Dutcher returns to The Isabel to perform in the inaugural Ka’tarohkwi Festival of Indigenous Arts curated by Dylan Robinson and being held throughout March, an event that builds on the social engagement first sparked through the human rights festival.

The influence on students, and others in the Queen’s and Kingston communities, is already clear.

“There is nothing like when, as a student, you witness a world-class artist. We’ve really focused on attracting emerging artists, these young artists that are coming through are so fantastic, who have just gone for it and worked really hard,” Baldwin says. “That actually influences how you see the world because you are exposed to someone of your own generation, who has that laser-beam focus and has gone for it. I think that is a really great influence and also to have that international view rather than a parochial view to say these are the best artists in the world of different genres and different cultures.”

Away from the stage, The Isabel is also a world-class education facility. A hub of interdisciplinary exchange, The Isabel offers students and faculty members state-of-the-art facilities including an art and media lab, rehearsal hall, studio theatre, a 92-seat screening room, and film editing suites along with modern classrooms, a film and media resource library, and a student lounge overlooking Lake Ontario.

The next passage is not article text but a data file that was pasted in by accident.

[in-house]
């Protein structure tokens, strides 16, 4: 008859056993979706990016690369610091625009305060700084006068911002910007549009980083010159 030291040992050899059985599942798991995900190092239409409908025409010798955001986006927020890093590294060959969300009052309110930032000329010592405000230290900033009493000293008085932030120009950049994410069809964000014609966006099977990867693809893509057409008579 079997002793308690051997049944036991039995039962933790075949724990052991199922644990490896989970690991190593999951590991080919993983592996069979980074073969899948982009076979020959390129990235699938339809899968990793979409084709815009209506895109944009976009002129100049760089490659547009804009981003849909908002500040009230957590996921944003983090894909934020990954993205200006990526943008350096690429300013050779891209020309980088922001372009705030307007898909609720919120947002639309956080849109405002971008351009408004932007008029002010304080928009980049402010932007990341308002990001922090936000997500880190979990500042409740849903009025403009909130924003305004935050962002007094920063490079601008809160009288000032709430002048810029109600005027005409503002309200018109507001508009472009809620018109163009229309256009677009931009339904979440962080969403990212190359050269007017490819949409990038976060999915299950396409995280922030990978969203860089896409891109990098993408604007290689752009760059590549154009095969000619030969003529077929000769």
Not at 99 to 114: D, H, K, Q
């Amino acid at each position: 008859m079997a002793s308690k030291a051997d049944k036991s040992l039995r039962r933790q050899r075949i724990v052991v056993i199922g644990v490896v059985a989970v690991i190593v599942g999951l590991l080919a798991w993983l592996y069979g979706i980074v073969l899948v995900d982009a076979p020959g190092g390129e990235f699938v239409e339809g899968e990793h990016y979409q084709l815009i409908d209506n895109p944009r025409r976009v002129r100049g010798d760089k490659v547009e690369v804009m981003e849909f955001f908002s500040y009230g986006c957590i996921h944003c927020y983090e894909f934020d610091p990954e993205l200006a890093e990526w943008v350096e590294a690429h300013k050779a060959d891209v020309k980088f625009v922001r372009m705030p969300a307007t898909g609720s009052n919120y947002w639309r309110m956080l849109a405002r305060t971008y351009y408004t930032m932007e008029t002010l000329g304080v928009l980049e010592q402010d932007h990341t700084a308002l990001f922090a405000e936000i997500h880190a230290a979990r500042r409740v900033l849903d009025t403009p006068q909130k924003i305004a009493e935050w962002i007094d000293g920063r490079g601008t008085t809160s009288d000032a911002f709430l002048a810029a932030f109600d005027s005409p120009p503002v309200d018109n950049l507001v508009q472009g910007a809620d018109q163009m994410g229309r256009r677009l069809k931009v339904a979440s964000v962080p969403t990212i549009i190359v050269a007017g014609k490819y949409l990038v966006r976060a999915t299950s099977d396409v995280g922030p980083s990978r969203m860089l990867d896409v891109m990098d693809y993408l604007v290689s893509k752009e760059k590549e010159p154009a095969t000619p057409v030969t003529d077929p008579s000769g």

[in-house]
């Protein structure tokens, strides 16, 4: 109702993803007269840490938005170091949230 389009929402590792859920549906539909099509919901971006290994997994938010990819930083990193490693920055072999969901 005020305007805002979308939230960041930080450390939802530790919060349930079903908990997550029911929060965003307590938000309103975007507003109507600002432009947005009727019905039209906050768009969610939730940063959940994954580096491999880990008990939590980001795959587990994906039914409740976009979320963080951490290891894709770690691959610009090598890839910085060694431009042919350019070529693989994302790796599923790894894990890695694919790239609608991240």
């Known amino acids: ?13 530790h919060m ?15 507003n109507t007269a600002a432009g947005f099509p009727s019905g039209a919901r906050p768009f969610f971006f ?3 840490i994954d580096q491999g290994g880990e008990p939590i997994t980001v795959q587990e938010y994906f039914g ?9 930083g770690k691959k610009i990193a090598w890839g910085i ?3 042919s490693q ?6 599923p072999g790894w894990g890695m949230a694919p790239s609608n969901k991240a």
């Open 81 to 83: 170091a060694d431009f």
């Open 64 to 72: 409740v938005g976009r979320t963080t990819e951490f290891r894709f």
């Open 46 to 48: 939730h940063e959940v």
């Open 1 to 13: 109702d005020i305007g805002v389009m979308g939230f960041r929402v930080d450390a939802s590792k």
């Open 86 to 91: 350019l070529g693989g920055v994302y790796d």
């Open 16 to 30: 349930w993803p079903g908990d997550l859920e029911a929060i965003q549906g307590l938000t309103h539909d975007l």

Where to from here? 

“The next mountain to climb for the Isabel is to get immersed in the virtual reality and augmented reality world as it is integrated with live performance,” Baldwin says. “This will be an important door of entry into the arts for the next generations of artists and audiences to imaginatively engage in the arts.” 

Since its opening, The Isabel has grown and evolved along with the students and artists who walk it halls. These accomplishments could not have happened without the generosity of Alfred and Isabel Bader.

While Dr. Bader passed away on Dec. 23, at the age of 94, his legacy will live on through the continuing artistic and education excellence at The Isabel Bader Performing Arts Centre.

“Alfred Bader has enabled the university to be ambitious in the best sense of the word for itself,” Baldwin says. “He would not have supported something that did not transform the university. He wanted students to get a world-class experience and that is the bigger gift that is the Queen’s experience.” 

Learn more about The Isabel online, including upcoming performances and festivals.

Partnership provides interns real-world experience

[Beaty Water Research Centre interns]